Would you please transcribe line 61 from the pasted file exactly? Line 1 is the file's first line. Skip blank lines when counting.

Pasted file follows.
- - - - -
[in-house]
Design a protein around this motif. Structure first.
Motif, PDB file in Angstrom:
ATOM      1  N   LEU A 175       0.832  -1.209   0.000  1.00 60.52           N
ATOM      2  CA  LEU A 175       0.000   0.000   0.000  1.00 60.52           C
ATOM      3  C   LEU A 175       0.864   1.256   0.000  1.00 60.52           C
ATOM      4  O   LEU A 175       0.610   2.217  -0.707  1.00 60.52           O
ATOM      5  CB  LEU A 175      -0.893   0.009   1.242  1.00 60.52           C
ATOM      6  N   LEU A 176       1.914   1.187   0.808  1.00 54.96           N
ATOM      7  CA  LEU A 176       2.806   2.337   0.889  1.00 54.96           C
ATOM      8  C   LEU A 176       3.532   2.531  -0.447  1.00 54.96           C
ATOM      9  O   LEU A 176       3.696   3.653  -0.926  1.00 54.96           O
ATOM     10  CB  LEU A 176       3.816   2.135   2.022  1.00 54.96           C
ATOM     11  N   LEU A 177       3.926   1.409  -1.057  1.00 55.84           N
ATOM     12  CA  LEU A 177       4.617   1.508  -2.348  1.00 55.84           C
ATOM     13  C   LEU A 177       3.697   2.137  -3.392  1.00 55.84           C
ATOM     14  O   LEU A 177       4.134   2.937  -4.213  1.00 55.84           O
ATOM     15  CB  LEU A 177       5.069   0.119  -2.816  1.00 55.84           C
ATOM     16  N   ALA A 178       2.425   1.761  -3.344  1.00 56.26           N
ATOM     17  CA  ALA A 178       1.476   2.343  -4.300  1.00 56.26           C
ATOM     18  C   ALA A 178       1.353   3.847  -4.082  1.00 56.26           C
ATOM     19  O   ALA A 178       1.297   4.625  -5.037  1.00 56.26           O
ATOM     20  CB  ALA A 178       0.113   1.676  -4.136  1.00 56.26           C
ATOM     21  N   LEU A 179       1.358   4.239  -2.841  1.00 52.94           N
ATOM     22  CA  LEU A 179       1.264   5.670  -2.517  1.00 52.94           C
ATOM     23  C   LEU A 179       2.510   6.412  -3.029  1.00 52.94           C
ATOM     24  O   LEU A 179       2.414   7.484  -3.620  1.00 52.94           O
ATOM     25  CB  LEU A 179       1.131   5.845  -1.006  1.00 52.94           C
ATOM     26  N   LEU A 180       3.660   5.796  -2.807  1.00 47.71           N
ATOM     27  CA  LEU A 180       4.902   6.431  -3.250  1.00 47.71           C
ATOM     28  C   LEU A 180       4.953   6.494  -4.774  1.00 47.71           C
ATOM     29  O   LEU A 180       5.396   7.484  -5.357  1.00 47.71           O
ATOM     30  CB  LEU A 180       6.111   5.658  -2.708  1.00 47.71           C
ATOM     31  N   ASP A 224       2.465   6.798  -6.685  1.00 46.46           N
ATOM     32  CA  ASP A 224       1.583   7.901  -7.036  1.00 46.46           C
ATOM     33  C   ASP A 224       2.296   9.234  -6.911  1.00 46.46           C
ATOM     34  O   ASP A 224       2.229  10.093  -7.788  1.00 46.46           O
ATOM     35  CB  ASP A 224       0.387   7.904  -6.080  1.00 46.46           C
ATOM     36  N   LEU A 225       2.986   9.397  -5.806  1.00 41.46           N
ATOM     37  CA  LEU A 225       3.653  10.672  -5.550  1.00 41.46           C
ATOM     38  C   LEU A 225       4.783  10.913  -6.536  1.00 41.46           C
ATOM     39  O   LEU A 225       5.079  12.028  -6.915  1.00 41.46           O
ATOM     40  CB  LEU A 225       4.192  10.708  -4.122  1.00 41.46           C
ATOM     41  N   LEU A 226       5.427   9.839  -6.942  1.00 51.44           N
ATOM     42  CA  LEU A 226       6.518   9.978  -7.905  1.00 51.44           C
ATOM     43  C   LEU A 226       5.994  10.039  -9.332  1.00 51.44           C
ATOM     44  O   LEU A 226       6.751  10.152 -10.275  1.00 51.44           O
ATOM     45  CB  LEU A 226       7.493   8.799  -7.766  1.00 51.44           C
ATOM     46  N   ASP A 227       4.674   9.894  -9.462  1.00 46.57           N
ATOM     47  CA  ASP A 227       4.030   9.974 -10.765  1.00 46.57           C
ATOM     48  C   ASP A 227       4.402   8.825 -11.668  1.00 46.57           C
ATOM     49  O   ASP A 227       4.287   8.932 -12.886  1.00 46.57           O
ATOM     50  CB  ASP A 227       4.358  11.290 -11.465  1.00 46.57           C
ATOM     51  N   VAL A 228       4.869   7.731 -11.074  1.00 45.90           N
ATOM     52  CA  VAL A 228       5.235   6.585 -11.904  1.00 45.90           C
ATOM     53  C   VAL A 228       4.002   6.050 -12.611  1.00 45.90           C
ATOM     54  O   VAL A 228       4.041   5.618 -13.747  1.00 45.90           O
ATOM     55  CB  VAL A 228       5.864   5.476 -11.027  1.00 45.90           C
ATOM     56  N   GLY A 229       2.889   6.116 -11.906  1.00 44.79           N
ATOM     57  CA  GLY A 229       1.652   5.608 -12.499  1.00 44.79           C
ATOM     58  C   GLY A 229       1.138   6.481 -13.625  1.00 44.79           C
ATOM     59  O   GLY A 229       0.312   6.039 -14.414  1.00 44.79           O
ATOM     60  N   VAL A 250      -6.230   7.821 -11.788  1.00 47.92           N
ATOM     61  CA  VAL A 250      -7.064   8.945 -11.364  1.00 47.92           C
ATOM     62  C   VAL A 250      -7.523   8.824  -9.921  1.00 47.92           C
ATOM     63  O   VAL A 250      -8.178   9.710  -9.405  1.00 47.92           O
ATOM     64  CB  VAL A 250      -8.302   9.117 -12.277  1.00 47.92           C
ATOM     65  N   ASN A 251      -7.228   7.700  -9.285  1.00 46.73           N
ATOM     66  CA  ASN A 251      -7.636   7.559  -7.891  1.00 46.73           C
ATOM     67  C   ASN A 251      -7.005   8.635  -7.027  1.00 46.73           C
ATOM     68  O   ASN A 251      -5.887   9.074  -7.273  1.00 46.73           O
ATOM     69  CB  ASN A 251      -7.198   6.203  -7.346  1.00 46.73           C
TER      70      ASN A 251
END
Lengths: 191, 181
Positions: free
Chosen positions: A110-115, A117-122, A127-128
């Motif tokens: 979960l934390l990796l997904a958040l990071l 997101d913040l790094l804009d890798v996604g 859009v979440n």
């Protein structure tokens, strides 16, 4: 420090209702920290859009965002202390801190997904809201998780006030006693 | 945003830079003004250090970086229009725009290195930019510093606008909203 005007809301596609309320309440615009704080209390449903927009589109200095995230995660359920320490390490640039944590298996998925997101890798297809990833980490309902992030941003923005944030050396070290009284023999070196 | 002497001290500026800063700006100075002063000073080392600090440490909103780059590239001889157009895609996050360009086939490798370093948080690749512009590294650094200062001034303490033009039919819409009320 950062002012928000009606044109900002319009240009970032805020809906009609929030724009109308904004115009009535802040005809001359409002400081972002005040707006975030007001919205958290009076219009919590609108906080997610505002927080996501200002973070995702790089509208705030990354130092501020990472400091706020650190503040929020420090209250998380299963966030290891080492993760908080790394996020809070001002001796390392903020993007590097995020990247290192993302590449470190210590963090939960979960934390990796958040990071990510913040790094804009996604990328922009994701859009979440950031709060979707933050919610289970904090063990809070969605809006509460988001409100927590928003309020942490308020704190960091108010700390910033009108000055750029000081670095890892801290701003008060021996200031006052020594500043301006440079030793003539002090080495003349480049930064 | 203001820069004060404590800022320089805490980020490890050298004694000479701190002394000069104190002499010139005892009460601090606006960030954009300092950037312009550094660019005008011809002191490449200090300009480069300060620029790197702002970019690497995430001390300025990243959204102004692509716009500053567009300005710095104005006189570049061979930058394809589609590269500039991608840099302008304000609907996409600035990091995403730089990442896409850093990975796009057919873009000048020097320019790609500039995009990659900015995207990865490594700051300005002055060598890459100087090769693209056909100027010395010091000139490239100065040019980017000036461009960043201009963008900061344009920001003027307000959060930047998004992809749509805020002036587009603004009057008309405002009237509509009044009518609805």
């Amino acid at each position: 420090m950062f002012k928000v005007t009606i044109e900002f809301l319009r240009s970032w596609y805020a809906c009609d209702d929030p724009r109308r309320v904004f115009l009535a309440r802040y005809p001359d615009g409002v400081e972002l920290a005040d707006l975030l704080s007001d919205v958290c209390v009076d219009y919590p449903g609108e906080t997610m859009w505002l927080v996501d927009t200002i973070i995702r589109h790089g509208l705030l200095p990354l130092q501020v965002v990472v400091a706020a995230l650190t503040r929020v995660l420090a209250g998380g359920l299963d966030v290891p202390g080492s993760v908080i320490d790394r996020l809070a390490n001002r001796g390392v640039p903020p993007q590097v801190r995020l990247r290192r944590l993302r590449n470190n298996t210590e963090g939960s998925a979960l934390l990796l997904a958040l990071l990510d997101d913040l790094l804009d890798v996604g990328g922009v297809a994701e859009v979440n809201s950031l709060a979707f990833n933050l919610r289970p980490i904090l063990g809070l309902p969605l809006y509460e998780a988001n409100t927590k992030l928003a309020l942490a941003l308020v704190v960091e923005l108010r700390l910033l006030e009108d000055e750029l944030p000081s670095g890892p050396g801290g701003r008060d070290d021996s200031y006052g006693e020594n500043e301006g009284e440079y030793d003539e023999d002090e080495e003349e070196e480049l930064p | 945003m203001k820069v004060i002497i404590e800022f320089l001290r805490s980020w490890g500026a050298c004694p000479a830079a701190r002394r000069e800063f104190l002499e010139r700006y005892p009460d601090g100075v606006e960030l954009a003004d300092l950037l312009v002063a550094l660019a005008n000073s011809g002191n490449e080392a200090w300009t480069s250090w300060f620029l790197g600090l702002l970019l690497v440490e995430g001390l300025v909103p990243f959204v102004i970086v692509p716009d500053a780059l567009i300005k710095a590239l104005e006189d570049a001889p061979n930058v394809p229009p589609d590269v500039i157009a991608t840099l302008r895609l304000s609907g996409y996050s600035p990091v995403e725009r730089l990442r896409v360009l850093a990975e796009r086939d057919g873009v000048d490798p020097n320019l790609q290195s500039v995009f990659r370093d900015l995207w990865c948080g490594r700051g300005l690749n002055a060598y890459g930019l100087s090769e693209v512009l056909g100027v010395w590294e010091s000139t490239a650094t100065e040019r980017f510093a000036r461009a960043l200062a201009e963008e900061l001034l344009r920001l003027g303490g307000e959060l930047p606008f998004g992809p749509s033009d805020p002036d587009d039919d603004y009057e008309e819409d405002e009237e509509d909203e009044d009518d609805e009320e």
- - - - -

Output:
ATOM     58  C   GLY A 229       1.138   6.481 -13.625  1.00 44.79           C